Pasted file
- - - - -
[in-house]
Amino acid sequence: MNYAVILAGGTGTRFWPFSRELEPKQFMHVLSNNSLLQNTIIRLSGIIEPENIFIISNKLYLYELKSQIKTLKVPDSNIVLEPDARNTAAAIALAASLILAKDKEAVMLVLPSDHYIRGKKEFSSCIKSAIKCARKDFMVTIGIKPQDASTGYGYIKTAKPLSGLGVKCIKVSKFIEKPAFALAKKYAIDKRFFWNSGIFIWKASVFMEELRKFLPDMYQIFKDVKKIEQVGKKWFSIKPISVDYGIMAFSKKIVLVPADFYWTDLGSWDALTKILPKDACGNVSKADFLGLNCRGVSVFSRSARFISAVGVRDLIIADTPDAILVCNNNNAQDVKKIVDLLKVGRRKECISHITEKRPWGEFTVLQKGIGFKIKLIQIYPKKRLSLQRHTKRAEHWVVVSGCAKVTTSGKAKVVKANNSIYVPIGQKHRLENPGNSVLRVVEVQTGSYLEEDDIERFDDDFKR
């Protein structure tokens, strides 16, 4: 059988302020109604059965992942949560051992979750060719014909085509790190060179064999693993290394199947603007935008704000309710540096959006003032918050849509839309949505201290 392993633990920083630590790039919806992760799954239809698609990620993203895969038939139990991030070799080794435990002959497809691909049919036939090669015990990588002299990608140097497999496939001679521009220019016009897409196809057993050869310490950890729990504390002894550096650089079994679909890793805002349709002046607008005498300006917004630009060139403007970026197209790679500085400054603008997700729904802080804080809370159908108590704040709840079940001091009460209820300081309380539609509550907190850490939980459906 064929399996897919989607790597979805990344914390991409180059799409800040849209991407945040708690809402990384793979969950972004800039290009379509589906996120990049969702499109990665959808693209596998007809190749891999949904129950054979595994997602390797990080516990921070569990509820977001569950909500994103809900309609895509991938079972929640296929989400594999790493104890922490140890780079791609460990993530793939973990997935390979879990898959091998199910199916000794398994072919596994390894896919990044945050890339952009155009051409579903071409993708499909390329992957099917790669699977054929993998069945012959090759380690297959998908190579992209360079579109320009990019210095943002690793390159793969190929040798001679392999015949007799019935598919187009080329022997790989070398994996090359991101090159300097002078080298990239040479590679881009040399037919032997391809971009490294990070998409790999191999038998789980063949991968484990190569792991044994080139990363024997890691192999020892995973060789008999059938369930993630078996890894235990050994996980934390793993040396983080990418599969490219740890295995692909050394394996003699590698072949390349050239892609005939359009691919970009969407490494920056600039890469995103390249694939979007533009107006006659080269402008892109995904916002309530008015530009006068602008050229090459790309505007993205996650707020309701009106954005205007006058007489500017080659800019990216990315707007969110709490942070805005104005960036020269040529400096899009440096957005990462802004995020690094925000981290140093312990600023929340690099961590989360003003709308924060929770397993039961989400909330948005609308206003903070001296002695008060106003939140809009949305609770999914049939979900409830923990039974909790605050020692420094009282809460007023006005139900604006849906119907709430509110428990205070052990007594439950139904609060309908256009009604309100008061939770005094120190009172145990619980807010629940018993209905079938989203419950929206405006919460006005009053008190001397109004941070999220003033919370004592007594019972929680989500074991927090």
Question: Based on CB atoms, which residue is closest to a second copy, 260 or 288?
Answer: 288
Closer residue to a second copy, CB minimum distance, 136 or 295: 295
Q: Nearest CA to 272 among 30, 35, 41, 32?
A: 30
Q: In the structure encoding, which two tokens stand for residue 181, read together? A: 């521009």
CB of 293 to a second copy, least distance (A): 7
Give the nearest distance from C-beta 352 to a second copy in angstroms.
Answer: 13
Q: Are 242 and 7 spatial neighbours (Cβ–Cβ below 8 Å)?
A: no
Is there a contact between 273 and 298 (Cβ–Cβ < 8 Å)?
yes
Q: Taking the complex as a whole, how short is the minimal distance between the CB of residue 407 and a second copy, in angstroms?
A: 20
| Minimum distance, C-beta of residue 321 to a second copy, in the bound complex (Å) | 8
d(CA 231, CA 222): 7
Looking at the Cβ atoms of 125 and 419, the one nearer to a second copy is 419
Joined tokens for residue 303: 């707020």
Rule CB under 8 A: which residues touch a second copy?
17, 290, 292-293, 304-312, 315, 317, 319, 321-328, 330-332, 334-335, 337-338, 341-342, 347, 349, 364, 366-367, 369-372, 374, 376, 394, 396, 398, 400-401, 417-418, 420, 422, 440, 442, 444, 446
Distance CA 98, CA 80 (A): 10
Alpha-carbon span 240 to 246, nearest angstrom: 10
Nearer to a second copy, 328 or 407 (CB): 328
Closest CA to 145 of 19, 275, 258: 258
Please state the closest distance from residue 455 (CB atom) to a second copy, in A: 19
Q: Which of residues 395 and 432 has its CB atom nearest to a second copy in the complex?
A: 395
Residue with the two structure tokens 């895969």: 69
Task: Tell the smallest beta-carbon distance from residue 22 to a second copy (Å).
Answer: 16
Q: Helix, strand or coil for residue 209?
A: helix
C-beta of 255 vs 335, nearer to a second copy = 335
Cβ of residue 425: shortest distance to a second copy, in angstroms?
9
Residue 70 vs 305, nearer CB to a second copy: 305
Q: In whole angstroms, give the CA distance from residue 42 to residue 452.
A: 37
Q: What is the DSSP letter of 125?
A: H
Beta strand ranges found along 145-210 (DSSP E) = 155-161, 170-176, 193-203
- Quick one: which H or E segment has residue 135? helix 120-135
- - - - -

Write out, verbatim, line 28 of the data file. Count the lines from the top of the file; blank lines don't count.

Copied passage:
Closest CA to 145 of 19, 275, 258: 258